See how I didn’t initially lead with vulnerability but a disguise of it? If my heart is for deeper connection, I can’t first hand them the ball because the other person doesn’t even know what game we’re playing. I’ve given no ground rules or perimeters, only, So I sense this wall. Which sometimes is a safe place to start, but if I’m already feeling something, it’s my place to lead with that and let the other person respond. Make sense? I’m setting us both up to fail if I don’t begin authentically.
Madeleine L’Engle says, “When we were children, we used to think that when we were grown-up we would no longer be vulnerable. But to grow up is to accept vulnerability… To be alive is to be vulnerable.” How true I’m finding this to be, especially with each passing year.
I adore speaking to groups but that’s different than communicating vulnerability. It’s one thing to share stories and experiences, discerning a crowd and connecting with faces. It’s quite another ordeal to share one on one without an outline or book quotes or polished points. Vulnerability is unscripted, a real time process and very very very scary. However, if I don’t first attempt putting myself out there to safe people, then speaking to large groups carries no real weight. As Brene Brown shares, “I only share when I have no unmet needs that I’m trying to fill. I firmly believe that being vulnerable with a larger audience is only a good idea if the healing is tied to the sharing, not to the expectations I might have for the response I get.” Which is why I’m learning to share from a place of healing, not for healing.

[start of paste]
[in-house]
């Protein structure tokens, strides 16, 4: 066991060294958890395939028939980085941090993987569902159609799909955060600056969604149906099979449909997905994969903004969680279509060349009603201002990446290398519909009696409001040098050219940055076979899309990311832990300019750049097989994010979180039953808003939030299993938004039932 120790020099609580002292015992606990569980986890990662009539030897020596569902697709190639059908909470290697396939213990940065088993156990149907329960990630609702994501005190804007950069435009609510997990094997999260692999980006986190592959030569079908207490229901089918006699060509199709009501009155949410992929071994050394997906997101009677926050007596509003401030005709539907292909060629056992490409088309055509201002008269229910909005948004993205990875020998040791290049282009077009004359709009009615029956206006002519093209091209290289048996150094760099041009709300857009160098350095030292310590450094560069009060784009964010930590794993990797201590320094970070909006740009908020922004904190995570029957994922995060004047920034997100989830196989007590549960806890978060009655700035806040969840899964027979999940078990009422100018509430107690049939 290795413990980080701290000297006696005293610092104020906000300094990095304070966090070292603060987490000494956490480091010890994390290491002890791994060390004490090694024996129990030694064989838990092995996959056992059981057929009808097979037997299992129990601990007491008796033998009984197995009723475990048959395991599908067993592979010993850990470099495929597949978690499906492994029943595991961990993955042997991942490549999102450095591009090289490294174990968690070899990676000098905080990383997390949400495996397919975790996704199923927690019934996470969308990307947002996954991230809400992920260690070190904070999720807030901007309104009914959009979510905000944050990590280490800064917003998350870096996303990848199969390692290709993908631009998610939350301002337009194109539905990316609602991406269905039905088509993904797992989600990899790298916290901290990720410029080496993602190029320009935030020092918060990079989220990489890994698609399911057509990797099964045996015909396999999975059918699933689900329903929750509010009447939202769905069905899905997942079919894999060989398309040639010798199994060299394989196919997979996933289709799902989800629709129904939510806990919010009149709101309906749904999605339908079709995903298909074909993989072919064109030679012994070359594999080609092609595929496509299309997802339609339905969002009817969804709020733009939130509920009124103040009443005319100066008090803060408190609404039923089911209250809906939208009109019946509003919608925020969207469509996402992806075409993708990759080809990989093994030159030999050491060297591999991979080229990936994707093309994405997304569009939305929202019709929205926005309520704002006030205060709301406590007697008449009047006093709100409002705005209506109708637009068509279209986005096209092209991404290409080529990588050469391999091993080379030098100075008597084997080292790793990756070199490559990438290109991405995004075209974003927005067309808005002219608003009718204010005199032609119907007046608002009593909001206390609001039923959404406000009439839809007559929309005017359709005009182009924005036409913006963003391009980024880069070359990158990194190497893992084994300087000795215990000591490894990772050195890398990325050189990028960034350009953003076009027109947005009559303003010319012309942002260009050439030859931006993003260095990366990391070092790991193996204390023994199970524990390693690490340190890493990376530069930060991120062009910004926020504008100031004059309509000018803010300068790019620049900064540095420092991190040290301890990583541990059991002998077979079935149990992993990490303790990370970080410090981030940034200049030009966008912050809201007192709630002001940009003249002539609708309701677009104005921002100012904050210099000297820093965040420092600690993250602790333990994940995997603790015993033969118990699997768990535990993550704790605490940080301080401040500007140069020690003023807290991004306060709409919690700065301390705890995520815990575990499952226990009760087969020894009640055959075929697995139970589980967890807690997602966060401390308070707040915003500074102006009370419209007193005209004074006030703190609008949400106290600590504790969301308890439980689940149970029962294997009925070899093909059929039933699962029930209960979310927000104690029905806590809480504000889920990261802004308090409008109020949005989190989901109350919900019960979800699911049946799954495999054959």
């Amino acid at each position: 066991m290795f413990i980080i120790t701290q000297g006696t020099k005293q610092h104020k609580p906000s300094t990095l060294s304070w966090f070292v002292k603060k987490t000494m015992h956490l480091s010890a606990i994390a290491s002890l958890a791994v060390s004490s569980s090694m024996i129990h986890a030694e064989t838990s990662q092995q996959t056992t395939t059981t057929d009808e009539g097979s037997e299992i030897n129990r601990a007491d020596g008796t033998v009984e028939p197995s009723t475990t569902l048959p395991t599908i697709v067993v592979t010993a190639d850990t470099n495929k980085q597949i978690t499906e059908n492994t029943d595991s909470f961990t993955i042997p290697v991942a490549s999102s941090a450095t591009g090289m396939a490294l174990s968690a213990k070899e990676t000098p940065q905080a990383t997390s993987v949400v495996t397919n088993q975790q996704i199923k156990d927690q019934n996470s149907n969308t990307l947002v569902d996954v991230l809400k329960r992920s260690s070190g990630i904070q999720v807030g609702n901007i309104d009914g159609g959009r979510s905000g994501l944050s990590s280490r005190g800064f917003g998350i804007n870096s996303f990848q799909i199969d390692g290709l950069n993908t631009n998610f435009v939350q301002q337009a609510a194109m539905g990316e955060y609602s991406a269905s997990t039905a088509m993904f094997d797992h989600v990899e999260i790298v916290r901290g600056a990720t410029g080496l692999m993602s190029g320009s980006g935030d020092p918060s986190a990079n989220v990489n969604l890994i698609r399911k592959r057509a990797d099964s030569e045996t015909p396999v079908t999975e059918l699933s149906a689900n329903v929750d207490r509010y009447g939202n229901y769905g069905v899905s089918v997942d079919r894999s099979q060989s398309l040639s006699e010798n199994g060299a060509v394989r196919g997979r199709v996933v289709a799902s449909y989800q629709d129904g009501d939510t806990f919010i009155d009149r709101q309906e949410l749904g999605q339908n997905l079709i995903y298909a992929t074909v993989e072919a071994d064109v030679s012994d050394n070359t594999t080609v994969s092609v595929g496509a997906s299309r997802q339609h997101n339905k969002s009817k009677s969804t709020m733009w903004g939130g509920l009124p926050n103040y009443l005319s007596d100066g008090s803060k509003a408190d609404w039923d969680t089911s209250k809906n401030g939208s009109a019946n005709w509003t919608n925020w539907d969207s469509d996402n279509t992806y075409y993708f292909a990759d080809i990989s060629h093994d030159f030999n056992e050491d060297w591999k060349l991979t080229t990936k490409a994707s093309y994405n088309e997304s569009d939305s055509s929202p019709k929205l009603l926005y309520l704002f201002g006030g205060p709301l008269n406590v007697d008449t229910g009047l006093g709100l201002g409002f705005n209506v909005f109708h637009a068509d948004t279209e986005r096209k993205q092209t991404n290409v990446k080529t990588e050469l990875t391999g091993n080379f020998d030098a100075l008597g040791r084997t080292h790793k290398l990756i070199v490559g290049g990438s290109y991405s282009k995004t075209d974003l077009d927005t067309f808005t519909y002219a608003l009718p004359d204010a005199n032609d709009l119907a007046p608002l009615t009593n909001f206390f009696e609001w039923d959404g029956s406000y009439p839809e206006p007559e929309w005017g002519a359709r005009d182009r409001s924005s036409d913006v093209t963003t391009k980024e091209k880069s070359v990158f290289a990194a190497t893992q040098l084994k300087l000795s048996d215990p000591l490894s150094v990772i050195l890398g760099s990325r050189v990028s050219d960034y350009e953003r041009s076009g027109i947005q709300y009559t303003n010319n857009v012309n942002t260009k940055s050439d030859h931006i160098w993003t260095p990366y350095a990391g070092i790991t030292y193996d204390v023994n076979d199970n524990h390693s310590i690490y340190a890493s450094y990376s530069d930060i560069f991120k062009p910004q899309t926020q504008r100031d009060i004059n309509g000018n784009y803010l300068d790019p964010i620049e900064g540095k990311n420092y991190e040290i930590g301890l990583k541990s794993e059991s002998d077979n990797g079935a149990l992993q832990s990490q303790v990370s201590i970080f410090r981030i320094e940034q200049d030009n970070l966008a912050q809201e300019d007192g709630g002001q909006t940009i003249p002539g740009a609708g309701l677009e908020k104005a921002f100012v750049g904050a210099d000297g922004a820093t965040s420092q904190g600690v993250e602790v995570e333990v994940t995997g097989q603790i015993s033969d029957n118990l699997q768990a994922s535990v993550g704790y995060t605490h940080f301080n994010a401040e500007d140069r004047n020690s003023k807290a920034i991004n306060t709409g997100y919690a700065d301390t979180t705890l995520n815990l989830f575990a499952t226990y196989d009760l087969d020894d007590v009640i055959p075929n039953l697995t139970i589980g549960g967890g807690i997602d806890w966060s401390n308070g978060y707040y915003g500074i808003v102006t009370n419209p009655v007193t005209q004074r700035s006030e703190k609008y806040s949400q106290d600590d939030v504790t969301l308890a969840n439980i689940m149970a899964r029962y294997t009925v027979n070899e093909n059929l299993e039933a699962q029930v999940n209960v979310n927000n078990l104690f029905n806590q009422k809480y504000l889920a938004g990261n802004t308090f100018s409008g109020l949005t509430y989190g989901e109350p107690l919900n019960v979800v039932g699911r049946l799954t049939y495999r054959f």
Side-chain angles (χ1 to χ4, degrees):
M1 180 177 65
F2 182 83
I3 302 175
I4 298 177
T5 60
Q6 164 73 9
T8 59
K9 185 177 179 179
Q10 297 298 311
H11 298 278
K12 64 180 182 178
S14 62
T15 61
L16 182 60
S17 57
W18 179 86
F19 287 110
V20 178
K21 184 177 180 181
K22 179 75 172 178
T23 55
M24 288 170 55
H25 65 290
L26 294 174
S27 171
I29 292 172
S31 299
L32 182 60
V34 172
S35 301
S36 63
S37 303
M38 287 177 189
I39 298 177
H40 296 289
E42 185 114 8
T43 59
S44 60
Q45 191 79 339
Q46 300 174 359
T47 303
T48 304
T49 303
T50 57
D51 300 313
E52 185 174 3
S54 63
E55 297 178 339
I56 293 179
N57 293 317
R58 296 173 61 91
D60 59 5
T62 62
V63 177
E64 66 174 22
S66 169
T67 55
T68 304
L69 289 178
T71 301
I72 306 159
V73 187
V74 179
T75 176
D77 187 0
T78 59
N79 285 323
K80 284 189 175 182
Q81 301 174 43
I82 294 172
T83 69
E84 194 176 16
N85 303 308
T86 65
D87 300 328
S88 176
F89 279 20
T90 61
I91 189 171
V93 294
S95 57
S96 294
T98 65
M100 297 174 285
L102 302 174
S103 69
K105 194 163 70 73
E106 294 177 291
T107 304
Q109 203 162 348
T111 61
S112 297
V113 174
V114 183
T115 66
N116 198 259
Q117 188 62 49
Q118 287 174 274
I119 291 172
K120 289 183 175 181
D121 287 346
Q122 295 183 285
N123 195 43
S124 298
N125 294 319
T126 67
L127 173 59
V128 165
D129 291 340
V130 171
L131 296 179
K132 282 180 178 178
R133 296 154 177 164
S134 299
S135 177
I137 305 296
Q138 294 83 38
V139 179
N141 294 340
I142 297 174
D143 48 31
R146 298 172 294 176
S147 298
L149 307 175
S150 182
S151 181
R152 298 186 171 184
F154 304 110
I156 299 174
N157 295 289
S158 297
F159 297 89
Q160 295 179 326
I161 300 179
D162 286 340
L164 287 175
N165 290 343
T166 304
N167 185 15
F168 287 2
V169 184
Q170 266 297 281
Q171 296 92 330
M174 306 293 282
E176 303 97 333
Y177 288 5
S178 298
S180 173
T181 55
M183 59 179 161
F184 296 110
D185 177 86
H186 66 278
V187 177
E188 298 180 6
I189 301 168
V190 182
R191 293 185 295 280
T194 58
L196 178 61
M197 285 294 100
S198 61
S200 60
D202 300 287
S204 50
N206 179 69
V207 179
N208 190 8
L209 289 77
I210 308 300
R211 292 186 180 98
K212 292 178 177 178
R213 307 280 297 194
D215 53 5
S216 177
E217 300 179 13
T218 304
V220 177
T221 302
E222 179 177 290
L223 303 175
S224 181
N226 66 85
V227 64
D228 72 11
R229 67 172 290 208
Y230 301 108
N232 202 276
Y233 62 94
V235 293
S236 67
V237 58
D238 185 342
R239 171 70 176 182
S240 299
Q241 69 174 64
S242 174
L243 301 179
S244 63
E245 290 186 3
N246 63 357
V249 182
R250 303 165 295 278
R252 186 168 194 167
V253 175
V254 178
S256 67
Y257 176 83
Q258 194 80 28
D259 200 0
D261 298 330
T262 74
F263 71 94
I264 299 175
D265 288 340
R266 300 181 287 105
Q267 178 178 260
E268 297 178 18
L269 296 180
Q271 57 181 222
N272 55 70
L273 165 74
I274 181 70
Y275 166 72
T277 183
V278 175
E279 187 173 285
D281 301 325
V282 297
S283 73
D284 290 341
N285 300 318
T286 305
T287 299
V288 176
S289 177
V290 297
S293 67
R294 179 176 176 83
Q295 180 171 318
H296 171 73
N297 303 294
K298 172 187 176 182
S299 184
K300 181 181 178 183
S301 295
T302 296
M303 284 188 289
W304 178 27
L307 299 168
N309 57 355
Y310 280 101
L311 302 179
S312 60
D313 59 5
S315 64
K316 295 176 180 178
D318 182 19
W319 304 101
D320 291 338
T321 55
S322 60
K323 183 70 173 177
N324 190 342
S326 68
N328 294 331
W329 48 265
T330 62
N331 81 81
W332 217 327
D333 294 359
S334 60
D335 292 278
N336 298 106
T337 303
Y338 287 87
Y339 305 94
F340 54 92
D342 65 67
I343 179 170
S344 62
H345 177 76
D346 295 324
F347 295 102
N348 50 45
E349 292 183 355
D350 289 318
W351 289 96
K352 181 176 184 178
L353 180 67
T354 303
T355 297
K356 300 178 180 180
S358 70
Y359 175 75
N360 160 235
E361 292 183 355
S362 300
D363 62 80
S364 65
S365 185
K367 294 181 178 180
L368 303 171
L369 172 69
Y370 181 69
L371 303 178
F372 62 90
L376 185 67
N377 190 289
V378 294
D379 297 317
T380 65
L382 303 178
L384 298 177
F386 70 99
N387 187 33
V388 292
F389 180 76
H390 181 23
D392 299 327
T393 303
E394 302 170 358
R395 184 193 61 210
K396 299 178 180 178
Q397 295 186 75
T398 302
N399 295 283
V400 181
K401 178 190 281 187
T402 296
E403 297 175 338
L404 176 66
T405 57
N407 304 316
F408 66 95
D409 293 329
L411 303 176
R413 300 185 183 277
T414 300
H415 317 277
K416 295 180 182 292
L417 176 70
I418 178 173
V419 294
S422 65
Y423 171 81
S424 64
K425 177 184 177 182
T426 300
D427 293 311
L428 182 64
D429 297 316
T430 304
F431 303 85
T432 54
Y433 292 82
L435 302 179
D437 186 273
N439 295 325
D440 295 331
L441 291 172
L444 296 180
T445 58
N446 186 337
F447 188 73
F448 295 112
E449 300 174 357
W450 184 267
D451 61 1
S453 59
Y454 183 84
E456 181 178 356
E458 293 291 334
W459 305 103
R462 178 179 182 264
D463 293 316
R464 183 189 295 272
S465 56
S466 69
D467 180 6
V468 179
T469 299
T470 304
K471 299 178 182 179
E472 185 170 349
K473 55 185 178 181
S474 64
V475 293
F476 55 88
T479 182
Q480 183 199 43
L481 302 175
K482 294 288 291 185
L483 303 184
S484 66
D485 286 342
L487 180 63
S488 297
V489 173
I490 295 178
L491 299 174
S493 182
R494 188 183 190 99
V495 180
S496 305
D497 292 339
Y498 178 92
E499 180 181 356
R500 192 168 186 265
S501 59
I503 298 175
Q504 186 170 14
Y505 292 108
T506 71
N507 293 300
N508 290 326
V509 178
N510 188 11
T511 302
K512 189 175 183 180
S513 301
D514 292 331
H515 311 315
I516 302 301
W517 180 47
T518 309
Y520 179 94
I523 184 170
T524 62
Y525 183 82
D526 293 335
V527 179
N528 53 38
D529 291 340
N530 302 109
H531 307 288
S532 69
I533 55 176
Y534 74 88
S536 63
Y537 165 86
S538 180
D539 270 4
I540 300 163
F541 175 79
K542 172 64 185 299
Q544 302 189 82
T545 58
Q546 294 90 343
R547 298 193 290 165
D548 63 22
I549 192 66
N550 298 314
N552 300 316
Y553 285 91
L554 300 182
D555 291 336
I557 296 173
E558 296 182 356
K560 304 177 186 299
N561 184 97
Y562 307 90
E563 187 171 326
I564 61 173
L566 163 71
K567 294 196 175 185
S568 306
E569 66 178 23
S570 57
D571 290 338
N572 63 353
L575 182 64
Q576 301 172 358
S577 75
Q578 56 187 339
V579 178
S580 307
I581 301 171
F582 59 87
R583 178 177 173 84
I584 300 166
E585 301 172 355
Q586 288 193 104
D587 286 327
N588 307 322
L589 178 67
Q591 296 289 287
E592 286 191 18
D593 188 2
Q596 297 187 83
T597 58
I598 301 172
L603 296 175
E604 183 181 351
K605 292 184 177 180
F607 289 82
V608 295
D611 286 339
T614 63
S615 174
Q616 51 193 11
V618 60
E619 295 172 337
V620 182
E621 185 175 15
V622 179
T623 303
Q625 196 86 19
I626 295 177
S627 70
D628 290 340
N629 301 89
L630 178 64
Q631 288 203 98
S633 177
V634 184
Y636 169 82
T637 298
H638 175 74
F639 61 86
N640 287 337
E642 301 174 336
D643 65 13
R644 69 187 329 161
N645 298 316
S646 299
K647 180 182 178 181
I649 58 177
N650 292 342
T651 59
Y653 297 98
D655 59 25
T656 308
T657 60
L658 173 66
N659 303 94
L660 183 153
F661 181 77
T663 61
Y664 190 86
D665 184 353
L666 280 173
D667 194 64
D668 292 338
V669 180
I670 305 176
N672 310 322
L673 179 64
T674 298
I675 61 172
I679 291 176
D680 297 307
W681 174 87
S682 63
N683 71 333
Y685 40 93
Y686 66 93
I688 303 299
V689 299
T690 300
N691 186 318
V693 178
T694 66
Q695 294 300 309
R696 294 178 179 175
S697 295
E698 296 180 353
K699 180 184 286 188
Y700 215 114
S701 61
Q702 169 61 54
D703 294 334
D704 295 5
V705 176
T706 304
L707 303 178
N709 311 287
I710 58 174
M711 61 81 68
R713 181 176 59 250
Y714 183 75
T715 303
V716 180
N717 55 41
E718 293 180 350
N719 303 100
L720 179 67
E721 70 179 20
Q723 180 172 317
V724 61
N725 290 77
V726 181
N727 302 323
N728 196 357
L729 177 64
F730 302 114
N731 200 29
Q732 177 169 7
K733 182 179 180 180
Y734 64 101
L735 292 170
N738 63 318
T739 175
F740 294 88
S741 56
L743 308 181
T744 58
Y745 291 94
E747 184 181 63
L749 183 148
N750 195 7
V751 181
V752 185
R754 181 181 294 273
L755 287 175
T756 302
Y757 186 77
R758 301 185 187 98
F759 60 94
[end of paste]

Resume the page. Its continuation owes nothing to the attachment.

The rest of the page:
The last three times I’ve attempted vulnerability I’ve failed. Miserably. But, I’m being gentle with myself because practicing vulnerability is a bit like driving an old car. There’s some sputtering and start-stopping, there can be smoke and screechy tires. But the more I take it out for a ride, I’m confidant the more comfortable I’ll feel on the road.